Do you ever wonder how Facebook calculates how many people are reached on a piece you post? If 788 people were actually reached on a post of mine then why are there only 6 likes and 1 share? Does that even make sense? That 1 share may have been me sharing on my personal page. It just doesn’t add up.
When I googled the question I came up with this link. It’s not really the answer to my question, though it is interesting to think about. Why does Facebook get to decide who and what I should see when I open my newsfeed? (If I didn’t want the information from others I would have never liked, friended, or followed!)
Take these scenarios for instance:
- Facebook may leave off Aunt Mary’s fourth marriage to her second husband. Ack! That I need to know! Aunt Mary may wonder why she didn’t receive a 4th wedding gift from my family. I may be questioned from family members someday or run into the happy couple in the grocery store and I’ll be in the dark with my tongue tied around my waist! Duh…whaaat? You’re together again?!
- So… my best long-distance friend was in a car accident, is in the hospital, and no one has contacted me. It’s plastered all over Facebook, but didn’t make it to my newsfeed. 😦 She was in ICU for three days, at deaths door and I had no clue until two weeks later! I would have rushed to her side. Sure hope she doesn’t think I don’t care!
- The couple down the street just adopted twins from out of the country. I come into contact with them as I am out for my daily walk. “What cute babies! Who are you baby sitting for? Are they boys are girls?” Everyone on the block but me knew the answers. I didn’t even know they were thinking of adopting. Is my face red as I stutter when she explains it all? You bet!
- I see an acquaintance of mine in a restaurant in an intimate dinner situation with a man other than her husband. How was I supposed to know she had been divorced for two years? Facebook slipped up on sending out that announcement!
I must keep in touch better with my neighbors, family and friends and not rely on Facebook for details if this is going to be the way Facebook does business. NO, this didn’t happen to me. It could happen though if you think about it. I have no interest in seeing when someone I don’t know who is a friend of a friend has liked or commented on something. I seem to get that on my personal page a lot! What I do want to see is the content from pages I have liked, friends I have acquired, and family! And I want YOU to get my posts and information from my author Facebook page that you so graciously LIKED!
Actually my question was this: How does Facebook come up with the total of people who were reached with your post? If you hover over this box on your notifications it does say Organic Reach 788/Paid Reach 0 or whatever your own totals are. I am surely not going to pay for reaches! It’s a little misleading when you go to the actual post and right underneath the post in the left corner it says 788 people reached. This is what has led me to the question. This is on my author page and it never ceases to amaze me how many people were reached. I don’t have THAT MANY followers! Not yet anyway. 🙂 So where do they get that number? I googled again and came up with this link. Here is an excerpt:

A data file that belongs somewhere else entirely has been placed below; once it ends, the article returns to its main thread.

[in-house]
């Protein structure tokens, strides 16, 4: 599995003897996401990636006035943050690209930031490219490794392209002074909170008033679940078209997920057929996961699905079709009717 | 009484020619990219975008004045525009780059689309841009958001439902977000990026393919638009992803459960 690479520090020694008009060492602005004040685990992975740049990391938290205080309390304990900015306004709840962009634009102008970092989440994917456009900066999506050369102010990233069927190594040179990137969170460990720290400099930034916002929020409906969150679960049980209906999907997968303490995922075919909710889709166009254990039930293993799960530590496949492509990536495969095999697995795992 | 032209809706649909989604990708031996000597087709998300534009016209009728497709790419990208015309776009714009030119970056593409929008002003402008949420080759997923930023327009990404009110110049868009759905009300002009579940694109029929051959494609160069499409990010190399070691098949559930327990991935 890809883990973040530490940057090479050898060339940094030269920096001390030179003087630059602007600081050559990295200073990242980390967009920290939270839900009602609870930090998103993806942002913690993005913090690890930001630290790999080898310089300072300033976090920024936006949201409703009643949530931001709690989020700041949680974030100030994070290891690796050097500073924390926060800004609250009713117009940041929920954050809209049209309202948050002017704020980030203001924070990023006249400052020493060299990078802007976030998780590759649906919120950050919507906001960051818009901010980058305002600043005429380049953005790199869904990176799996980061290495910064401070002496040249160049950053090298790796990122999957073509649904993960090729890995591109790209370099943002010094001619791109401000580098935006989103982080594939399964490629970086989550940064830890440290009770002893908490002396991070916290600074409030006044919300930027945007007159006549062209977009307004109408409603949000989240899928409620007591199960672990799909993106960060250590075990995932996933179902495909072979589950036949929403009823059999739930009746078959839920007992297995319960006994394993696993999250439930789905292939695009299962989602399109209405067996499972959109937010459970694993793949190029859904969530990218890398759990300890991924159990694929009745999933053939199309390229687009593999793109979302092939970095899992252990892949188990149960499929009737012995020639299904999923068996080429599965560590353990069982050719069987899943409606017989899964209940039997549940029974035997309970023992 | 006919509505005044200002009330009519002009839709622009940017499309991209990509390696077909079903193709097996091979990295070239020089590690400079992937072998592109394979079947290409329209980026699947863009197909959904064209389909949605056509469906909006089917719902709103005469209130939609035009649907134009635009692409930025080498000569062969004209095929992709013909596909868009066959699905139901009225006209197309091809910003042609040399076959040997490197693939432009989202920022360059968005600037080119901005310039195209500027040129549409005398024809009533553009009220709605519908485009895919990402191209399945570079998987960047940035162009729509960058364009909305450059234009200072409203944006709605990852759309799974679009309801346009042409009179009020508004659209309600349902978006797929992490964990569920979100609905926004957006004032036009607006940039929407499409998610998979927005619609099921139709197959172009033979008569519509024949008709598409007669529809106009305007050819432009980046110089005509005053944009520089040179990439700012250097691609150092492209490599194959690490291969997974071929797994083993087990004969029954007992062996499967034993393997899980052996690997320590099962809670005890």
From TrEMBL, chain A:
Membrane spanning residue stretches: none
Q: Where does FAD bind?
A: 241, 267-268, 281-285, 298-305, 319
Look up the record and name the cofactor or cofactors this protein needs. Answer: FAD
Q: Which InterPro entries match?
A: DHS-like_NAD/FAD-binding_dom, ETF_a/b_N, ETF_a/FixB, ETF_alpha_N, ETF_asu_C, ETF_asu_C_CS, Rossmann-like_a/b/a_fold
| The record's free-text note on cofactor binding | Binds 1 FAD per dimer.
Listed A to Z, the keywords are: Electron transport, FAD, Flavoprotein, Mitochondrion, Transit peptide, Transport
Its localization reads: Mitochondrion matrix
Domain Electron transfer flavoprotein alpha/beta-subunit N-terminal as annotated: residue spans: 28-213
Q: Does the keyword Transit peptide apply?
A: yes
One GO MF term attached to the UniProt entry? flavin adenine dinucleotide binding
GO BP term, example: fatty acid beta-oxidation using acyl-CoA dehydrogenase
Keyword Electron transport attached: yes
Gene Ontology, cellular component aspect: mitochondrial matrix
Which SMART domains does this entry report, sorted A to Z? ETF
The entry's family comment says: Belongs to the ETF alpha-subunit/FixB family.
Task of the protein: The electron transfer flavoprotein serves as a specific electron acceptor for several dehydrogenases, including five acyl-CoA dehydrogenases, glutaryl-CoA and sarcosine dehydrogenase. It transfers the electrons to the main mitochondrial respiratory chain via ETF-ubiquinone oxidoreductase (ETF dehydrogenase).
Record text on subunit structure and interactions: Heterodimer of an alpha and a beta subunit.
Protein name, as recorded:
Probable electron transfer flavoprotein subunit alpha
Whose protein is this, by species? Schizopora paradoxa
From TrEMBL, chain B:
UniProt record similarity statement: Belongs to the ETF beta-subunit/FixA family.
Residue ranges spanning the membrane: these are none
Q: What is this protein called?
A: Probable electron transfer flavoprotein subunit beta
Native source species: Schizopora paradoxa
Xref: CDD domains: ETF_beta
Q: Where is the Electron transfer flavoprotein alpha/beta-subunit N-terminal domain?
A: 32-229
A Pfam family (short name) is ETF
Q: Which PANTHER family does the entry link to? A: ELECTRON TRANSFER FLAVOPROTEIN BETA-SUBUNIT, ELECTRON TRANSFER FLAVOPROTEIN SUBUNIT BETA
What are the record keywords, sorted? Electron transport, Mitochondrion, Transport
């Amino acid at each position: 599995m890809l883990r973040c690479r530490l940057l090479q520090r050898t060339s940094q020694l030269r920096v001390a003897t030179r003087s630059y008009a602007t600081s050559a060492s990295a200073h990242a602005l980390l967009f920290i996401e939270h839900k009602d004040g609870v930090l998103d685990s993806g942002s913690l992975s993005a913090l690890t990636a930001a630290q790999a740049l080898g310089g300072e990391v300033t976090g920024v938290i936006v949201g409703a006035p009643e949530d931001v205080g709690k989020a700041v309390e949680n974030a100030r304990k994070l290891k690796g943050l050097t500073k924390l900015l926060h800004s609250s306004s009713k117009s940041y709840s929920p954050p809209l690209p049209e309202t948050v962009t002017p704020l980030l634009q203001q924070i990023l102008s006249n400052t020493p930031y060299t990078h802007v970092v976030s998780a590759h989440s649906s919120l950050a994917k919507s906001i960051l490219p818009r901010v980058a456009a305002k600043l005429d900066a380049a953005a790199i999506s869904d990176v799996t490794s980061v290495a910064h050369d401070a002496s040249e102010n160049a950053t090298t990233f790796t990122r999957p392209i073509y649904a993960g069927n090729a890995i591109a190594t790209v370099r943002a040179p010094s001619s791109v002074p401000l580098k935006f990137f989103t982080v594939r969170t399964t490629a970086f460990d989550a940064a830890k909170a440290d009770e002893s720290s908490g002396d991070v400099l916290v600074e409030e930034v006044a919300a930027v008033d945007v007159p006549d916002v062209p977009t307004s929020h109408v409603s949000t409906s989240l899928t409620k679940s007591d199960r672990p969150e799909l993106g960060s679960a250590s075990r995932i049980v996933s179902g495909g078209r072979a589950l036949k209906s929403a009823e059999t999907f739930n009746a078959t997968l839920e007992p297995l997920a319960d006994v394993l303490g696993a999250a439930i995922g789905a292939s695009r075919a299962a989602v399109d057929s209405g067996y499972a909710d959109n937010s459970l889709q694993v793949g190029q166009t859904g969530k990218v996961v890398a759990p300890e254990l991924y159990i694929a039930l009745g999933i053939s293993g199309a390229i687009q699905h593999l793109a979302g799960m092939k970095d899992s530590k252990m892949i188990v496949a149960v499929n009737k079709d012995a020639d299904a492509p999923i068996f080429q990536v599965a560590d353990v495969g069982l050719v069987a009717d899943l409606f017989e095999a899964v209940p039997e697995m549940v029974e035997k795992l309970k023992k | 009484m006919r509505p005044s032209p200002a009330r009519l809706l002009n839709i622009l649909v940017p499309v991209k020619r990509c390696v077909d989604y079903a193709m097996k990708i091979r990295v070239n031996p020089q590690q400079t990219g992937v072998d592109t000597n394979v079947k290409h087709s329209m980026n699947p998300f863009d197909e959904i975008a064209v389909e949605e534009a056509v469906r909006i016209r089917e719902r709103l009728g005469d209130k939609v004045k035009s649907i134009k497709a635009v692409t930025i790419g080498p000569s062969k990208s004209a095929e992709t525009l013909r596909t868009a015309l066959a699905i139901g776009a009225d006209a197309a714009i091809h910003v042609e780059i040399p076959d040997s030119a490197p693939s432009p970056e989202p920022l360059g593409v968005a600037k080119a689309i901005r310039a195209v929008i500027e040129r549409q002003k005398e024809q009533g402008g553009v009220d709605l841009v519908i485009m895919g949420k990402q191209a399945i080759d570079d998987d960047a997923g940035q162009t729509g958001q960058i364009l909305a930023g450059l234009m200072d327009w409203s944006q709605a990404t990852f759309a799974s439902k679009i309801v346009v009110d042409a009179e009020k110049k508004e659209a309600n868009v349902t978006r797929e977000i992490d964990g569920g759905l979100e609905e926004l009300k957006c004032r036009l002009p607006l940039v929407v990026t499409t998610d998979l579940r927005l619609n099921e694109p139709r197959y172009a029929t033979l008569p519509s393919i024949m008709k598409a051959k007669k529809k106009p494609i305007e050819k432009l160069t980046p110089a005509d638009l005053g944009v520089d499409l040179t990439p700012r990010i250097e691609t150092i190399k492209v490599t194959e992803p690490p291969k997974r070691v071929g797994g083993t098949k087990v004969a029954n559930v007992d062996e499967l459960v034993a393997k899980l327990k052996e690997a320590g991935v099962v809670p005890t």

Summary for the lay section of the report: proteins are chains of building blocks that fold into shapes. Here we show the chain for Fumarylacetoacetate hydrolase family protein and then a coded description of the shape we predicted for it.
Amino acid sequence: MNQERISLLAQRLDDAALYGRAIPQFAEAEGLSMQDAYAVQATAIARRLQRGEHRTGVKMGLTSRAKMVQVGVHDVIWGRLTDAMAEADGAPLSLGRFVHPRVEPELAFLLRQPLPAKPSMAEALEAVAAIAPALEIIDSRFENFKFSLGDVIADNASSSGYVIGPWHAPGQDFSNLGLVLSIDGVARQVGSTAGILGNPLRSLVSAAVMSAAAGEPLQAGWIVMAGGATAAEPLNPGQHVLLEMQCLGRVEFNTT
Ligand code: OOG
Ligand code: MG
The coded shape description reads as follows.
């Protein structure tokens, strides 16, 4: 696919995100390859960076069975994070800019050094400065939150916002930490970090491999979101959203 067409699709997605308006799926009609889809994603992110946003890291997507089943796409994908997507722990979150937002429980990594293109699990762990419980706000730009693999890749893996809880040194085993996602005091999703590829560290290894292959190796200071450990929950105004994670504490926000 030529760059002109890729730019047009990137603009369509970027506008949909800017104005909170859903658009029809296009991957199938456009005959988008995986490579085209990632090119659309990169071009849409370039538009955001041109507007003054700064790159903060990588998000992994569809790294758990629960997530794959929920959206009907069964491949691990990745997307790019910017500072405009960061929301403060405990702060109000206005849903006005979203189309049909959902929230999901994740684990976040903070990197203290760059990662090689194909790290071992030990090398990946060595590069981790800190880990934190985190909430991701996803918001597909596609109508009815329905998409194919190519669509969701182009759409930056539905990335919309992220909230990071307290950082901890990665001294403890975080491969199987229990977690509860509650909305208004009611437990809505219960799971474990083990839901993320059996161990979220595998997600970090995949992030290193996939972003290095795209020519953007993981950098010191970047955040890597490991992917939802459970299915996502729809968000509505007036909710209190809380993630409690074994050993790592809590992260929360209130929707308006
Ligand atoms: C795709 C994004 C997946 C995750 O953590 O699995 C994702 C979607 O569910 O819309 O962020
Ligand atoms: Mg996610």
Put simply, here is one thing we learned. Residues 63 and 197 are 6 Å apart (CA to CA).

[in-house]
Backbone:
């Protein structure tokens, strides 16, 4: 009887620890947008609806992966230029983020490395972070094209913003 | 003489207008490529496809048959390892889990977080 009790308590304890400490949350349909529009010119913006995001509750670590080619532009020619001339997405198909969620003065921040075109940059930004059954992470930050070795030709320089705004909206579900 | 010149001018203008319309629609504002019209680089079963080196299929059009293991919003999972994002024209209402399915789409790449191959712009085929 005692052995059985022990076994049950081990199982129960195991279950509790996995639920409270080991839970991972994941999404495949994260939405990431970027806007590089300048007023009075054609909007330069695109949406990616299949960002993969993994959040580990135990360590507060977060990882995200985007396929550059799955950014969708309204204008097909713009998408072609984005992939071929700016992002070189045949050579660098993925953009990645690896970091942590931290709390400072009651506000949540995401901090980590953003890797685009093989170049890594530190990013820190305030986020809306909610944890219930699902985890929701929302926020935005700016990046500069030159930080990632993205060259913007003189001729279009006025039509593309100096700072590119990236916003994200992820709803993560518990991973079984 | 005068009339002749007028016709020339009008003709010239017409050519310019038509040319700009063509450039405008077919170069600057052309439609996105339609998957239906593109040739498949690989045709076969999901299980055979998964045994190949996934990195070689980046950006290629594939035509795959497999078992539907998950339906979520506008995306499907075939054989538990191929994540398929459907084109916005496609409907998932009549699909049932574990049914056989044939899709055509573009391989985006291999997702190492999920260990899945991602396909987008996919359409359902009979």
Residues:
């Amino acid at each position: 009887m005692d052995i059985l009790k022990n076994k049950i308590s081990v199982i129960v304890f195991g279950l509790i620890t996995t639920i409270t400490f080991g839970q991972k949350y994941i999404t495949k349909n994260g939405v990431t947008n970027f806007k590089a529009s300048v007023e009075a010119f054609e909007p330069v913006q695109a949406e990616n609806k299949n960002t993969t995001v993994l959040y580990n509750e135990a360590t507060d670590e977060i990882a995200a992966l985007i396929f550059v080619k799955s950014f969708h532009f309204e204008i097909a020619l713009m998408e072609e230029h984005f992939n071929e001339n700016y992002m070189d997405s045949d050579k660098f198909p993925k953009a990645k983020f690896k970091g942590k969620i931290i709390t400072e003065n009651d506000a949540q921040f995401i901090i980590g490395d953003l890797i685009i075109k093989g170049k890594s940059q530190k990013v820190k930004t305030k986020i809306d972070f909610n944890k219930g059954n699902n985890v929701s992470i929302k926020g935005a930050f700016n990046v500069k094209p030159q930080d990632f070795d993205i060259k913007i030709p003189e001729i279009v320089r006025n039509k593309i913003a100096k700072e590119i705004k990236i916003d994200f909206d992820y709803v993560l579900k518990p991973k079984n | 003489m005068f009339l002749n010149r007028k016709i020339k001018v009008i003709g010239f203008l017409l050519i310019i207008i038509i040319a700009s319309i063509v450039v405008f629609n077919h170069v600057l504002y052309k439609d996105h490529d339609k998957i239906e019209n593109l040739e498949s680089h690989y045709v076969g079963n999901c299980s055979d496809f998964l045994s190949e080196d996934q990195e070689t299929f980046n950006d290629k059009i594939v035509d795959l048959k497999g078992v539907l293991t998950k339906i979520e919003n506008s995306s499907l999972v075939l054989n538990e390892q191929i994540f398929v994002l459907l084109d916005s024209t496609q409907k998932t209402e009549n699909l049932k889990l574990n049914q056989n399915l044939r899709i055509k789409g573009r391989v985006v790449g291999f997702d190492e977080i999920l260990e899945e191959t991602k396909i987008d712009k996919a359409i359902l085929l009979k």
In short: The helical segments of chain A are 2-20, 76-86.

Post and page reach both have three main subcategories: organic, viral and paid reach.
- Organic reach is the reach Facebook gives you for free. It happens in the news feed when your fans see your updates. There are other possibilities, such as random users visiting your page, but these are insignificant compared to news feed views by fans.
- Viral reach consists of the people who see your content because someone else created a story about it. For example, if a fan likes, comments or shares your post, their friends will see your post even if they aren’t fans of your page. The same is true if you’ve paid to reach larger audiences who may or may not already be your fans. If one of those targeted people creates a story, their friends will see it as well. Both are viral reach.
A quick note about viral reach: When you export your Insights data to an Excel spreadsheet, viral reach data is still included when you select the old Insights format. However, viral reach is a subsection of organic reach in the new version of Insights, which was rolled out in 2013. Expect to see viral reach metrics totally disappear from your Insights and the Facebook API soon. Facebook has decided to go for simplicity rather than detail.
- Paid reach is a subset of post reach and is pretty easy to track and report. You paid for it, so you know where it came from. If you pay to promote your posts, your post reach is going to be much bigger than your standard organic reach (because you’ve paid to reach more of your fans).
It’s all still Greek to me. I want to know why none (or very few) of those 788 people reached LIKED, SHARED, or COMMENTED on my post! Was it that bad? I’ll just keep on posting on my author Facebook page. It makes me happy. One day something may go viral. hahaha!